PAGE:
Did anyone else notice the scene in this episode with Stringer in the same room as the dope? I'm watching Seasons 1 and 2 back-to-back, and after all McNulty's Season 1 talk about how they'll never catch Avon or Stringer around drugs or guns (not to mention the extreme care Avon and Stringer take), it seems kind of out of character.

Ako Banton said...

The Barksdale Organization at this point is in crisis, as it will remain until its total breakdown at the end of next season. You'll notice how Stringers focus is on commerce and installing a sense of that in his underlings, whereas Avon, or Weebay for that matter focussed much more on discipline and militancy.

Matthew said...

Agreed on your point about McNulty's signing the separation agreement. Despite the fact that the decision turned out well in the end, the decision itself was obscene based on his motivation at the time. I don't see the logic in thinking that signing an agreement legally saying that you're no longer together means you're going to get back together.

Anonymous said...

Coming late to the party here but I like the way this season's setup kind of mirrors season 1.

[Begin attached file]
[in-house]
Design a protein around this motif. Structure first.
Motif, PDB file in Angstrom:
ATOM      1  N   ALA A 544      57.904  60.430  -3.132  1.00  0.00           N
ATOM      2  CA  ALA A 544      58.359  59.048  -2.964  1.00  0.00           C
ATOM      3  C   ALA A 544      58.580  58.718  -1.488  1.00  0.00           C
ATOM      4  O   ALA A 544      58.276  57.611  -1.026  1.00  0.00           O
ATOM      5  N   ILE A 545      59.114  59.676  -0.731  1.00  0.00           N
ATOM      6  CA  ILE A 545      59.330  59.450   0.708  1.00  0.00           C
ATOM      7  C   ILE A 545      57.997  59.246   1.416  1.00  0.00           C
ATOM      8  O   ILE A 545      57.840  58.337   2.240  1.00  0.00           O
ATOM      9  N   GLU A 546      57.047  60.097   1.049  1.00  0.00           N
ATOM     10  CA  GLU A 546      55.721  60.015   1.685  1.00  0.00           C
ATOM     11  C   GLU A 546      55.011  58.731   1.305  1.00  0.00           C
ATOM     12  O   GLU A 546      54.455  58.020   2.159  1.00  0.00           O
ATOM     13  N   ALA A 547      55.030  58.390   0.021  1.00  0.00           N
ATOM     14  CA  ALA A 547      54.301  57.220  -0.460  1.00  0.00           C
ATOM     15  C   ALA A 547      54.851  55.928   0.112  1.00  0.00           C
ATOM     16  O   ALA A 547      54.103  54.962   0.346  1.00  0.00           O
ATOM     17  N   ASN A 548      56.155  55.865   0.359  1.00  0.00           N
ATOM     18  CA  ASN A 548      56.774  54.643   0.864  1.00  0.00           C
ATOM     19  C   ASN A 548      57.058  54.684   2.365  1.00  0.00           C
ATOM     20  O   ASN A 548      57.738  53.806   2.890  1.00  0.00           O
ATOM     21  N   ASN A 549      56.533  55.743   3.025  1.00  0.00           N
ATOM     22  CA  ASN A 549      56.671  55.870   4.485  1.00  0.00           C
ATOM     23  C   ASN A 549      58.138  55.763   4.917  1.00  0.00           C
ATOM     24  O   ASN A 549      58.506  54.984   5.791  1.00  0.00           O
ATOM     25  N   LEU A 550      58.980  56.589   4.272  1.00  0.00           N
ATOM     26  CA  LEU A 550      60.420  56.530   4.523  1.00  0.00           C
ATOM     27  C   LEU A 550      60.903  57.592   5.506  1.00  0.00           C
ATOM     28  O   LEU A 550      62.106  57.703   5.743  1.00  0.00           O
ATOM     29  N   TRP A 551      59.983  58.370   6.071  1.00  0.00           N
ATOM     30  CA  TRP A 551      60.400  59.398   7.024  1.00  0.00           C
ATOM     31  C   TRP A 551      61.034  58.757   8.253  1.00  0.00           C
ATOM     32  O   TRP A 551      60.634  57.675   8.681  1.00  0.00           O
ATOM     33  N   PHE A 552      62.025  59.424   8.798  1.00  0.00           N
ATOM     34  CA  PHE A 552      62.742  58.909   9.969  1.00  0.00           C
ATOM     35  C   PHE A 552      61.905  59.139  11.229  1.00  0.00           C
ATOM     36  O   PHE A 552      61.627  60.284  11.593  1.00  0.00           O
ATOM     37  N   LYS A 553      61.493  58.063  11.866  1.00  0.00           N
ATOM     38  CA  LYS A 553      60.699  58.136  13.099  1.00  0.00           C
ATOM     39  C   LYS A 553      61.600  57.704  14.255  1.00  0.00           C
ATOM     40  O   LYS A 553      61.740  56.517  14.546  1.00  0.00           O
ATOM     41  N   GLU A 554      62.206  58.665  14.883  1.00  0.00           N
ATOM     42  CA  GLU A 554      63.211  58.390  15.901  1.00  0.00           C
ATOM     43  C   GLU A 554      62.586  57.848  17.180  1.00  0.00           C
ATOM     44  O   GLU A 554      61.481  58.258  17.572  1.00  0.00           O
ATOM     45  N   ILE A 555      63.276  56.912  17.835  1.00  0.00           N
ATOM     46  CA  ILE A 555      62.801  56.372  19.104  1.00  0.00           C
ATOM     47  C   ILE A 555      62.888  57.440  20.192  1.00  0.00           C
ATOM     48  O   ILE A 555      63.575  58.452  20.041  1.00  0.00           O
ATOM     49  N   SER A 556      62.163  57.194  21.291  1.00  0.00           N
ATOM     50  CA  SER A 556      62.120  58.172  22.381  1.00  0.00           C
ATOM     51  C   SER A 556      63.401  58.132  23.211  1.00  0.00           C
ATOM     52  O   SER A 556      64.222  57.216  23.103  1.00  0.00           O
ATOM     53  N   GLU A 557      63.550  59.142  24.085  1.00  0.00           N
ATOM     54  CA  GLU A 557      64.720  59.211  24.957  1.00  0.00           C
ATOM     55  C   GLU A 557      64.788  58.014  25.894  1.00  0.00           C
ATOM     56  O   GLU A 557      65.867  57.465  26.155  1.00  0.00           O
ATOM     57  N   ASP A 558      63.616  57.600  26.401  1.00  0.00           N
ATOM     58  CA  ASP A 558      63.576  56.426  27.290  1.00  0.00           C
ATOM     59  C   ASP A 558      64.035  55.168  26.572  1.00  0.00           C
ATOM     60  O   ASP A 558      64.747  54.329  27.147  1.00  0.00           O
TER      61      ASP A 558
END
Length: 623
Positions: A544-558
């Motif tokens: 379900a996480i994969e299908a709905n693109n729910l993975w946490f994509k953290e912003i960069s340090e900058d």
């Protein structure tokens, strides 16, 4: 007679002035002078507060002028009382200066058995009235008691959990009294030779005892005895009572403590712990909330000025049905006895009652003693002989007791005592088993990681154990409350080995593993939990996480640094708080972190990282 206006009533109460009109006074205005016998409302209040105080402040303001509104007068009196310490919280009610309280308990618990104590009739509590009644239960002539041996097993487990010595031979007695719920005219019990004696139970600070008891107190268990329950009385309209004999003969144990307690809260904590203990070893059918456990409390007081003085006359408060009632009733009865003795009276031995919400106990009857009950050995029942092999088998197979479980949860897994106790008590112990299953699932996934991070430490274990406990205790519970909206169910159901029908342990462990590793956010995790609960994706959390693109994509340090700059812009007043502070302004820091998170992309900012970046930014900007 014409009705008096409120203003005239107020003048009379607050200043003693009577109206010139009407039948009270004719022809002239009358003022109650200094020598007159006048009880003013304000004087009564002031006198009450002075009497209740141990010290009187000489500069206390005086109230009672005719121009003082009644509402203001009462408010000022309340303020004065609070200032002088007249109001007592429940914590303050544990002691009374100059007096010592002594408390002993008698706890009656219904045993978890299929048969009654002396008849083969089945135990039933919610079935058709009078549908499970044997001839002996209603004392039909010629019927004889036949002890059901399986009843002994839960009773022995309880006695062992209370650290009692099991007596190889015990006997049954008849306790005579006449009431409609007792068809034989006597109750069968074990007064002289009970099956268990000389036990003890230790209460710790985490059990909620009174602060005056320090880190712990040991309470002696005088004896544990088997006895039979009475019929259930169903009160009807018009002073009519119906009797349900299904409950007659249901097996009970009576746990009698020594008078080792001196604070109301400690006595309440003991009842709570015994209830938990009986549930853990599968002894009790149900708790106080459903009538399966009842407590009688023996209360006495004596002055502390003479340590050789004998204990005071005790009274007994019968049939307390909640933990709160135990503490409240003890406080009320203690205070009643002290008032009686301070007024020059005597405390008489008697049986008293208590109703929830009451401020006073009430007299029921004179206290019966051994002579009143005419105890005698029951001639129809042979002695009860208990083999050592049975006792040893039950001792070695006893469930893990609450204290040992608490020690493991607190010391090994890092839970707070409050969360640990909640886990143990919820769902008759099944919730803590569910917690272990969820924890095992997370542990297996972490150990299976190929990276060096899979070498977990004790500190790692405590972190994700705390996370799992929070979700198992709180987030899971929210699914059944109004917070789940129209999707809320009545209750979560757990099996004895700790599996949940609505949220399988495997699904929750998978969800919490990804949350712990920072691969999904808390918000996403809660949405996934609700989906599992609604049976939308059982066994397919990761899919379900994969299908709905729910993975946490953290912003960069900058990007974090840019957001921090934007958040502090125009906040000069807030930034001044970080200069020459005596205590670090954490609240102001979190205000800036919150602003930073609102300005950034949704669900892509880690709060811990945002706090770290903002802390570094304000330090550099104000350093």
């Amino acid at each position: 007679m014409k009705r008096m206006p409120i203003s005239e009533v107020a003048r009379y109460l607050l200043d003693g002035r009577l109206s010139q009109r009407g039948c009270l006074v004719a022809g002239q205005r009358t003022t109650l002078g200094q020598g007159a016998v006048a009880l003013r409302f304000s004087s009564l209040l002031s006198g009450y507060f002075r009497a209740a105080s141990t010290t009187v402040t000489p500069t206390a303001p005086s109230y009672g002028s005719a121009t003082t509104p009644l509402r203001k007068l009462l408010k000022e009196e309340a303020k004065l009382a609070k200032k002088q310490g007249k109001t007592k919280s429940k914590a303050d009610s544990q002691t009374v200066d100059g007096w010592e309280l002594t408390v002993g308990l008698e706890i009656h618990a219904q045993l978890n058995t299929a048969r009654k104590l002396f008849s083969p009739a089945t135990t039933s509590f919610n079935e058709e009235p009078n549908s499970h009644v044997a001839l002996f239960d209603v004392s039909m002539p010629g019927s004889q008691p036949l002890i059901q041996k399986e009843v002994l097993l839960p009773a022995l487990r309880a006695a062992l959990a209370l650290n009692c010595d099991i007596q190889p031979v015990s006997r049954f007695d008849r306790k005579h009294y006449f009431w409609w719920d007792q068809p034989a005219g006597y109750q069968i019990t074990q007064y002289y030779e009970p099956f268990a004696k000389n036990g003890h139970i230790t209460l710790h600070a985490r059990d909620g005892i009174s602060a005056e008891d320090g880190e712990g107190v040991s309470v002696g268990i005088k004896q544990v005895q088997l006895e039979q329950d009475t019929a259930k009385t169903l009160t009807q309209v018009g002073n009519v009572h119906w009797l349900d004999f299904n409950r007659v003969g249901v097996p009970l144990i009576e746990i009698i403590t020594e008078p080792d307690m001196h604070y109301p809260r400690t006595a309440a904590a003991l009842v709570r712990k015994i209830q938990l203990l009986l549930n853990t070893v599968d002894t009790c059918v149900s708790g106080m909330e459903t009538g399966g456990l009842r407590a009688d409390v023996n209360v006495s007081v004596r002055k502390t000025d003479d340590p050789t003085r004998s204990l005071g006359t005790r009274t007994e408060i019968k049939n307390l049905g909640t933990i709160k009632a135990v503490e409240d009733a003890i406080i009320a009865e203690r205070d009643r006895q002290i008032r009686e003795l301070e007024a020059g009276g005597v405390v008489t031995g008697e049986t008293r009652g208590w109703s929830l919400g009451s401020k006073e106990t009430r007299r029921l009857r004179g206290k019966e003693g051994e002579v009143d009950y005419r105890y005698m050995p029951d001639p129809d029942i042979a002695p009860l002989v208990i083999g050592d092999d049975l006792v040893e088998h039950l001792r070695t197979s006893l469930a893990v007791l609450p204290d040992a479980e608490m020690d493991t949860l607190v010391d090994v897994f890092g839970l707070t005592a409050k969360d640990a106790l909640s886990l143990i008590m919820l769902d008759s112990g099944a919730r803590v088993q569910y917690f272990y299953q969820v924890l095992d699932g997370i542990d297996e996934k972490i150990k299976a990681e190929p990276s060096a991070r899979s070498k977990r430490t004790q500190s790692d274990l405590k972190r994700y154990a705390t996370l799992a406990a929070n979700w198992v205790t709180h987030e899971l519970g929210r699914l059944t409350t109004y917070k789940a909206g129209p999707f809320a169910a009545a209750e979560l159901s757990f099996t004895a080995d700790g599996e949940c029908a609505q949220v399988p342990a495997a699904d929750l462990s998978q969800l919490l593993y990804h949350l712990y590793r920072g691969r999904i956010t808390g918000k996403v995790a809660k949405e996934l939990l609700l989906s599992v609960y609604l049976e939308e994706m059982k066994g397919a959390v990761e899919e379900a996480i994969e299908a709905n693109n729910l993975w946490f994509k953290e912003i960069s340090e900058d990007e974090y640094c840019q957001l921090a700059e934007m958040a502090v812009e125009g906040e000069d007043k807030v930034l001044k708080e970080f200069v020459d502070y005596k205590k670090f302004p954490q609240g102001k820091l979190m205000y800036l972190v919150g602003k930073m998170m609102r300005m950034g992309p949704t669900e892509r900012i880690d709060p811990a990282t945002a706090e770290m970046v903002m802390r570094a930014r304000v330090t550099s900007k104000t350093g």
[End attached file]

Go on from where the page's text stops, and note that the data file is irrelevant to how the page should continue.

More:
In season 1 the detail knew a whole lot about avon's operations and what he did but didn't know who he was or what he even looked like.

In this season the detail knows nothing about the guy except what he looks like. I think it's the previous episode to this where the detail's board is empty except for Frank's passport photo.

So it's the same job but coming from completely the other side. In this episode they show they can wander up to the guy and have a chat but they don't know him. Whereas in season 1 "gameday" they finally get a chance just to take a look at the guy but Jimmy says he doesn't want to go along because "he feels like he knows the guy".

Anonymous said...

"and after all McNulty's Season 1 talk about how they'll never catch Avon or Stringer around drugs or guns (not to mention the extreme care Avon and Stringer take), it seems kind of out of character. "